Concerns about farm cashflow, borrowing costs and credit terms are to be measured in a member survey by NFU Scotland.


Anecdotal evidence from farmers has shown increased worries about financial pressure and the demands being placed on farming businesses, said NFUS. That pressure came both from banks and from tightening credit terms imposed by some farm suppliers.

As well as the impact of high input costs, cashflow on some farms was being affected by delayed beef calf schemes and hill farm payments, said a spokesman.

A wide range in bank arrangement fees has been reported and the union is hoping the survey will be useful as a benchmarking operation, as well as to assess the state of the relationship between farmers and their bankers.

The union last surveyed members on banking and credit arrangements in December 2008, when one third of the 280 who responded had concerns about their overdraft rate and one in 10 had been refused an overdraft extension or had been asked to reduce their overdraft.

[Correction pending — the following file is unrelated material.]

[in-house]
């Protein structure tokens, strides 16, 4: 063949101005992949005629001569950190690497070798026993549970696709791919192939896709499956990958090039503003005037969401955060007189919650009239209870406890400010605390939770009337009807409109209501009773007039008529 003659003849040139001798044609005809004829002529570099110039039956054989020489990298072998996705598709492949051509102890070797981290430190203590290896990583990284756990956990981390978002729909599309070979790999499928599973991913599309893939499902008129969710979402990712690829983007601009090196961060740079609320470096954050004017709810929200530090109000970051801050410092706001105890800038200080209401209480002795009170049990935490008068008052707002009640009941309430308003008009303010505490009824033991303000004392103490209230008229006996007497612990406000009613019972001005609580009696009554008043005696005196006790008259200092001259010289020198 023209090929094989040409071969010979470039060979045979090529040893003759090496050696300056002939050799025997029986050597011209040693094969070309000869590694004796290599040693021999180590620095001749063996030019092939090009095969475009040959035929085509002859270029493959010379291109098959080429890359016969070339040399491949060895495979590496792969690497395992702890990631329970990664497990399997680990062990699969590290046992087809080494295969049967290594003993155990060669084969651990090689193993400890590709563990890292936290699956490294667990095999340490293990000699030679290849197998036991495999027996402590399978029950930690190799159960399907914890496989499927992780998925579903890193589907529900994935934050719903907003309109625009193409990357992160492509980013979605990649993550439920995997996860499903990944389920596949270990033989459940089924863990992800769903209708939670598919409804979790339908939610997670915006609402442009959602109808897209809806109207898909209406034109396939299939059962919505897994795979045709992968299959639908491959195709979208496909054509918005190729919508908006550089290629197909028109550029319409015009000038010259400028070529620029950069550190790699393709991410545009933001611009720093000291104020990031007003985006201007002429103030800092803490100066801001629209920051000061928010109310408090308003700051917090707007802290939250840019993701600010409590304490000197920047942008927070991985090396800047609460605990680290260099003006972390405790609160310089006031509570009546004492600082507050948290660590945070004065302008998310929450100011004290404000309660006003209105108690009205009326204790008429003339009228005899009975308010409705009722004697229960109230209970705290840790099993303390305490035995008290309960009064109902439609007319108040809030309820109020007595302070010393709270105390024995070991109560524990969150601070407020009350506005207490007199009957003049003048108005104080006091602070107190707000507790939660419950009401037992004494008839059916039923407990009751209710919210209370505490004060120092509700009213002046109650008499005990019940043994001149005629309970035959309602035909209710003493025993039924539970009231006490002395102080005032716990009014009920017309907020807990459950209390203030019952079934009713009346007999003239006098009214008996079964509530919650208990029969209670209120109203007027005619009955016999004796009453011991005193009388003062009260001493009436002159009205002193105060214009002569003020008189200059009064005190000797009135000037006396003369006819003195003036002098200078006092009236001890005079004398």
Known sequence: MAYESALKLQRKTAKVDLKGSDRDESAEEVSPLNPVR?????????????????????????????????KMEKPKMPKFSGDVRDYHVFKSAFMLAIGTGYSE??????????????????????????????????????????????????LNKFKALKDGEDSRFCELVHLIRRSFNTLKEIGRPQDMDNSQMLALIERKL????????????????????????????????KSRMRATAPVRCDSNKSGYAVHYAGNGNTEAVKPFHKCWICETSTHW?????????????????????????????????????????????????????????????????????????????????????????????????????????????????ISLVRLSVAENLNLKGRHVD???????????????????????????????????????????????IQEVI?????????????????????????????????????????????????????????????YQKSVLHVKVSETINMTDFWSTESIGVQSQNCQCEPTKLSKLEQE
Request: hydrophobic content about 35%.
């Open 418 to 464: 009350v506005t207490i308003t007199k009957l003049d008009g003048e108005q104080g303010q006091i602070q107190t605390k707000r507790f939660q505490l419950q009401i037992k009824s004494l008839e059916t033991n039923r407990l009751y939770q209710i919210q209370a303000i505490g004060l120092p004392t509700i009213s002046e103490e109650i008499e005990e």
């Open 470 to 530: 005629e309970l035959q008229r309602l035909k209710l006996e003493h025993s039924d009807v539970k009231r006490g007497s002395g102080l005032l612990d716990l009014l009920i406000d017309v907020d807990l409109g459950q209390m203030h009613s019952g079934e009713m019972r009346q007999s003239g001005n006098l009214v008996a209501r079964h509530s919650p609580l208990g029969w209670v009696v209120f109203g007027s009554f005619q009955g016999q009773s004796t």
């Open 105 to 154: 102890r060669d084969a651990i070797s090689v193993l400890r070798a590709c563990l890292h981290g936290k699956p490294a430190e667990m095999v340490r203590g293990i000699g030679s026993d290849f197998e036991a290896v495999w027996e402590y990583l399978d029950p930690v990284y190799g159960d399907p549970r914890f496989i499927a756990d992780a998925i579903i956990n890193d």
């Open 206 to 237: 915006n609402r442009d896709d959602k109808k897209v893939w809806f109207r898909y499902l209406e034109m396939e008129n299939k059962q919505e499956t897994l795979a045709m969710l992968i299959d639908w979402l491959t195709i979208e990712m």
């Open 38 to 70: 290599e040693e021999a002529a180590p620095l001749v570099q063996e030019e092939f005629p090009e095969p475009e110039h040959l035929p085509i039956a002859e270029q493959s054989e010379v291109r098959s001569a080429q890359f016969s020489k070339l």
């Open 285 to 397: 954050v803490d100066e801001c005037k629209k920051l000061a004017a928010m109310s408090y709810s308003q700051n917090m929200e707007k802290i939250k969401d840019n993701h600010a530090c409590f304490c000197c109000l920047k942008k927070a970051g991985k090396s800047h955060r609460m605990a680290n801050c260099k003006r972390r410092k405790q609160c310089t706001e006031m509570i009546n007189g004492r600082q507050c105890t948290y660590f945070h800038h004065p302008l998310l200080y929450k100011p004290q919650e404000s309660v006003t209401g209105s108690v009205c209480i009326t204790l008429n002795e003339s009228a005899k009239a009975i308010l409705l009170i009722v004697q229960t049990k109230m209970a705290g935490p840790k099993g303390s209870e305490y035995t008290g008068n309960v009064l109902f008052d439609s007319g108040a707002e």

“The purpose of this survey is to dig beneath the anecdotal evidence and find out some facts on the cost of credit for our members and how readily available it is,” said president Nigel Miller.

Members can complete the survey anonymously and the findings will be discussed by the union with the banks. The survey asks for the member’s region and banking provider and offers the option to send respondents a personalised report showing how their cost of credit compares against the average for all respondents.